Microprocessor Tutorial Microprocessor

MICROPROCESSOR TUTORIAL
Introduction

CPU STRUCTURE
Introduction
ALU
Control Unit
Register Array
System Bus
Quiz

Execute instruction
Diagram showing the basics of the instruction execution cycle. Each instruction is fetched from memory, decoded, and then executed.
Once a program is in memory it has to be executed. To do this, each instruction must be looked at, decoded and acted upon in turn until the program is completed. This is achieved by the use of what is termed the 'instruction execution cycle', which is the cycle by which each instruction in turn is processed. However, to ensure that the execution proceeds smoothly, it is is also necessary to synchronise the activites of the processor.

To keep the events synchronised, the clock located within the CPU control unit is used. This produces regular pulses on the system bus at a specific frequency, so that each pulse is an equal time following the last. This clock pulse frequency is linked to the clock speed of the processor - the higher the clock speed, the shorter the time between pulses. Actions only occur when a pulse is detected, so that commands can be kept in time with each other across the whole computer unit.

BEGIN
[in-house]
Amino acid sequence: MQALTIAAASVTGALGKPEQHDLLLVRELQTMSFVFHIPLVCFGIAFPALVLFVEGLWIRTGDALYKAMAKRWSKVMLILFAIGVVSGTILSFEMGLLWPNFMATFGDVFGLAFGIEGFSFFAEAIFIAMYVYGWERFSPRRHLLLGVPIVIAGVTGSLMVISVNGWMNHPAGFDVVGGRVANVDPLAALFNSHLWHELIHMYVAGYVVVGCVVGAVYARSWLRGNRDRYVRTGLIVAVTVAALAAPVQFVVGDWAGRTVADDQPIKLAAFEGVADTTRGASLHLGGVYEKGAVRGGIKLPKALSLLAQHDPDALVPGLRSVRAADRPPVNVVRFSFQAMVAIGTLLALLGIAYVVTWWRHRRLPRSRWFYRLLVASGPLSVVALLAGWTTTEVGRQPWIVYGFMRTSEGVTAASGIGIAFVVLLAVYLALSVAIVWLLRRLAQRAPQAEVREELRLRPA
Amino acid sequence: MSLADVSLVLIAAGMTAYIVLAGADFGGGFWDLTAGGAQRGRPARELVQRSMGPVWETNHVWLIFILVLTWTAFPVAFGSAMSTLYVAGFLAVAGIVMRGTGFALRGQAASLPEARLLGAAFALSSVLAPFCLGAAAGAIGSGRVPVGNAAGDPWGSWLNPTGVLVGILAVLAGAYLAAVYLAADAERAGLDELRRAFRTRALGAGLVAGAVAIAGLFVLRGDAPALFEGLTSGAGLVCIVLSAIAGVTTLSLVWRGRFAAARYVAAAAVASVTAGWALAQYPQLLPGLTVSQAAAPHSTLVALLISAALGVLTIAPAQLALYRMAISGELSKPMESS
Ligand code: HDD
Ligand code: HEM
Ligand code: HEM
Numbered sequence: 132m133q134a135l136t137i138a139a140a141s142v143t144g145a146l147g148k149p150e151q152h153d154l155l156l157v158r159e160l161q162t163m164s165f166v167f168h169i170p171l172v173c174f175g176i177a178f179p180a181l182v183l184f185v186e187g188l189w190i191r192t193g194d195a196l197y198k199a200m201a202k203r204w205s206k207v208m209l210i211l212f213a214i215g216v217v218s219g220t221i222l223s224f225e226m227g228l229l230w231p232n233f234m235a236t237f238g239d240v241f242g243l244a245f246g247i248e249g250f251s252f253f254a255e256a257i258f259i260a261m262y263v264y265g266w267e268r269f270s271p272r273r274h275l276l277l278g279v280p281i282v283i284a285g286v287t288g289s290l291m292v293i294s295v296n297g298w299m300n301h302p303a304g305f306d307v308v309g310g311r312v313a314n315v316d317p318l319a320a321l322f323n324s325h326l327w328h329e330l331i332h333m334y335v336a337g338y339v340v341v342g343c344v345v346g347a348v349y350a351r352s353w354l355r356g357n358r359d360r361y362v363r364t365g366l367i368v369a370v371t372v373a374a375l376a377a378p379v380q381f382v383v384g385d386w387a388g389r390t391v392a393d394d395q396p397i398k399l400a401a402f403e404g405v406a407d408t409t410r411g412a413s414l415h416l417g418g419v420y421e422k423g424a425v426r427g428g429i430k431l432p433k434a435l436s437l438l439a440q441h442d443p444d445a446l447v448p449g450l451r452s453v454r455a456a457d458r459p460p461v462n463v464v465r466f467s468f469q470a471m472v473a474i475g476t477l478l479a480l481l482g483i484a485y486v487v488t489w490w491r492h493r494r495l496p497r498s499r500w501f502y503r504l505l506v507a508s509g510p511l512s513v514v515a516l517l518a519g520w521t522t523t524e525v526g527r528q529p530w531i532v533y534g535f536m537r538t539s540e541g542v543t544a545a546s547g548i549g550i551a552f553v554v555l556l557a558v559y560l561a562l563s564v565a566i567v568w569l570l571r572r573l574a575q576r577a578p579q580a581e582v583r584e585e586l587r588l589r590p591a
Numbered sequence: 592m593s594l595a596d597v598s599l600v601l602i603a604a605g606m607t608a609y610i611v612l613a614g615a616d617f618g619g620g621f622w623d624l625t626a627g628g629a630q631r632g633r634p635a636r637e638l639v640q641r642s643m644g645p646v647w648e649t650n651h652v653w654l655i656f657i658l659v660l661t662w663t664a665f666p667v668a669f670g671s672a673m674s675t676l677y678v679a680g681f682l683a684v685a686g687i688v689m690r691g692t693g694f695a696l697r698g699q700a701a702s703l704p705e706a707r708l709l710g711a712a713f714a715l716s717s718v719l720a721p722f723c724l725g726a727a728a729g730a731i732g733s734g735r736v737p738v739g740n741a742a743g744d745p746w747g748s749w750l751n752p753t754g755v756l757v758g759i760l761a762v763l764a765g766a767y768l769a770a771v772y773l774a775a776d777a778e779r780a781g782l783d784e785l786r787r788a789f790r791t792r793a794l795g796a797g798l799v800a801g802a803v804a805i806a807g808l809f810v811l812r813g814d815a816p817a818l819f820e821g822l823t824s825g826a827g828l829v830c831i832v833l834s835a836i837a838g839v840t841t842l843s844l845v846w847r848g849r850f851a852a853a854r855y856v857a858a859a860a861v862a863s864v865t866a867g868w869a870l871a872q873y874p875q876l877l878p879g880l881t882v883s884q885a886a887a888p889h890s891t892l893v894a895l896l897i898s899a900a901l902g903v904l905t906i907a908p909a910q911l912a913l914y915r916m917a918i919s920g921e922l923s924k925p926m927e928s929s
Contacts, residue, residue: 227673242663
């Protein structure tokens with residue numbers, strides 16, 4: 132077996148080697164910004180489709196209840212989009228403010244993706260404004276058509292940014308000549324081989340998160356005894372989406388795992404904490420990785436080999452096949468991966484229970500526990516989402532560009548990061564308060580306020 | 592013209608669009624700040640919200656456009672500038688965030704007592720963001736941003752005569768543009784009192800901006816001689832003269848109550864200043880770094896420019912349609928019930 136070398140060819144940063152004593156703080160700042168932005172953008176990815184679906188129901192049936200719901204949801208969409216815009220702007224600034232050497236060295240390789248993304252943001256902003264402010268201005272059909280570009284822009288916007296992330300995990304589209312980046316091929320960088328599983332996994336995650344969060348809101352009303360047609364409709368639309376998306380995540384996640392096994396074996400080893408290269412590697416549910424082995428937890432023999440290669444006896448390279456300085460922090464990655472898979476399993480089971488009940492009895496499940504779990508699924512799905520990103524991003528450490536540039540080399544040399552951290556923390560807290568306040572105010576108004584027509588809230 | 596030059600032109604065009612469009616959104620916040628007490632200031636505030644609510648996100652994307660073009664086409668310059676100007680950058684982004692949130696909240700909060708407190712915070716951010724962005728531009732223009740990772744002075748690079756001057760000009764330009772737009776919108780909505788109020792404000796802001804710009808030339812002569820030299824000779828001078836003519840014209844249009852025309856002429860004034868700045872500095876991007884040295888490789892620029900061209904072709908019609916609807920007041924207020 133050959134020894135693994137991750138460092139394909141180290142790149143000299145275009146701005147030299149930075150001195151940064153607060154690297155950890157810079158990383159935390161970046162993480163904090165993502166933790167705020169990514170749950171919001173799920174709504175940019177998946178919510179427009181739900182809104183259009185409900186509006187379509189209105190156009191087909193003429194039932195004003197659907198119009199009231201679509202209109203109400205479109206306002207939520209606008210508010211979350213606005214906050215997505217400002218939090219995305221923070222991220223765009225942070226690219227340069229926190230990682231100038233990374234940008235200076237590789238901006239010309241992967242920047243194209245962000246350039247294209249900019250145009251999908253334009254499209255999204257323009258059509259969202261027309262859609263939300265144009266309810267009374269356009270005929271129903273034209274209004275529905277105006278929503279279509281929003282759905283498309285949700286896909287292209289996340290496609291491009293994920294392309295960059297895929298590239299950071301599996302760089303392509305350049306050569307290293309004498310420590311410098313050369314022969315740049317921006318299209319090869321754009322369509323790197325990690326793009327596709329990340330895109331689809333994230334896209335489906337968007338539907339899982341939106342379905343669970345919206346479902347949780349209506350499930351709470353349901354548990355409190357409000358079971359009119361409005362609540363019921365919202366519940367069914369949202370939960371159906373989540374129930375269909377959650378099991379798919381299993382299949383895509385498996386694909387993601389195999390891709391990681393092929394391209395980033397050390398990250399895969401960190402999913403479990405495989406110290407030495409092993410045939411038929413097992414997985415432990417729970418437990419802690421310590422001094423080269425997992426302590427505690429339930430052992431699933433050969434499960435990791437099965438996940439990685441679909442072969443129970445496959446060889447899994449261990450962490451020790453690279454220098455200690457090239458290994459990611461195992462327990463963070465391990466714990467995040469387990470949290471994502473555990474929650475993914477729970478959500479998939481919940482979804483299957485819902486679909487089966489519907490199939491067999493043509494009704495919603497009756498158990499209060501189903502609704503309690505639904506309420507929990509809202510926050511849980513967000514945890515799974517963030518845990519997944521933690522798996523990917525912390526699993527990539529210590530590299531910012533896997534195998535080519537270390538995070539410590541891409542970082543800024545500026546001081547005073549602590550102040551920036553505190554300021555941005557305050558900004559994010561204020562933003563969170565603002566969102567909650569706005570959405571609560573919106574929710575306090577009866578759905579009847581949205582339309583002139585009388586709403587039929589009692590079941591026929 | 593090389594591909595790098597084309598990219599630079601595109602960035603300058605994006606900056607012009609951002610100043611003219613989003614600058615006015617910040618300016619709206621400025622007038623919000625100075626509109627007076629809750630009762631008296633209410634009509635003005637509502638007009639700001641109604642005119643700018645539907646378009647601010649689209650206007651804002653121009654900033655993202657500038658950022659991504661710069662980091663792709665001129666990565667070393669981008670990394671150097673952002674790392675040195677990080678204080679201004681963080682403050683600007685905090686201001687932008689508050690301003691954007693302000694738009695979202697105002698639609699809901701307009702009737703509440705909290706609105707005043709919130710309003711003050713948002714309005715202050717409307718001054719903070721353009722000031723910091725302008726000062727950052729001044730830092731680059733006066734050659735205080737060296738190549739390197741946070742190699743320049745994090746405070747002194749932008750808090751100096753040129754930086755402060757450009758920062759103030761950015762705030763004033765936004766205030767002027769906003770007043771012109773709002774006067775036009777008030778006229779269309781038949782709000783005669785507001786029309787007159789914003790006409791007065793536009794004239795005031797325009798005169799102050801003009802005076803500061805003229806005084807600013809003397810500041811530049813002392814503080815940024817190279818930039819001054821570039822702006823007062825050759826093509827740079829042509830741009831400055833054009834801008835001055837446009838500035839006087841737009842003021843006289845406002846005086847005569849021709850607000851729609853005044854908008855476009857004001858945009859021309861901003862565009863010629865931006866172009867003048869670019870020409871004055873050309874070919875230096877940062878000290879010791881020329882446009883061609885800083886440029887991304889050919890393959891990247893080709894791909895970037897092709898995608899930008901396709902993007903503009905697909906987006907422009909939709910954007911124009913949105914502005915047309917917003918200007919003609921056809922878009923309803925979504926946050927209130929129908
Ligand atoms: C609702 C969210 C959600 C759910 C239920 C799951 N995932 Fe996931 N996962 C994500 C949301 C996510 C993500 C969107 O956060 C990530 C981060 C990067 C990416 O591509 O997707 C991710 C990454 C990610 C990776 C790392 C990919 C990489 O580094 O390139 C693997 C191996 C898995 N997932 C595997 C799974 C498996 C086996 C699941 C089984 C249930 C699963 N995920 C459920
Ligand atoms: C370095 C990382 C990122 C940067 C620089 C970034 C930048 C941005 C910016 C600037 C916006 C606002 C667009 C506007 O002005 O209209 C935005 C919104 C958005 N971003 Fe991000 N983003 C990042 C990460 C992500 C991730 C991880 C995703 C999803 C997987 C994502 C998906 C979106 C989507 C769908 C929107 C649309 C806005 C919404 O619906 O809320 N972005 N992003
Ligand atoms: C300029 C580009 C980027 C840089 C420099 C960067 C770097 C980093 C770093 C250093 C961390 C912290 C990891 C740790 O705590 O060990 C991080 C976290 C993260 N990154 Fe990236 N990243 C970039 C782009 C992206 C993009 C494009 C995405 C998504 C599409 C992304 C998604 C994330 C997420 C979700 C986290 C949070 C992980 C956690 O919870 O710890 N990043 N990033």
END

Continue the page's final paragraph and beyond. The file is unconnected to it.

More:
The instruction execution cycle can be clearly divided into three different parts, which will now be looked at in more detail. For more on each part of the cycle click the relevant heading, or use the next arrow as before to proceed though each stage in order.

Fetch Cycle
The fetch cycle takes the address required from memory, stores it in the instruction register, and moves the program counter on one so that it points to the next instruction.

Decode Cycle
Here, the control unit checks the instruction that is now stored within the instruction register. It determines which opcode and addressing mode have been used, and as such what actions need to be carried out in order to execute the instruction in question.

Execute Cycle
The actual actions which occur during the execute cycle of an instruction depend on both the instruction itself, and the addressing mode specified to be used to access the data that may be required. However, four main groups of actions do exist, which are discussed in full later on.

Clicking the next arrow below will take you to further information relating to the fetch cycle.

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© Matthew Eastaugh, 2004
Fetch instruction Decode instruction Execute instruction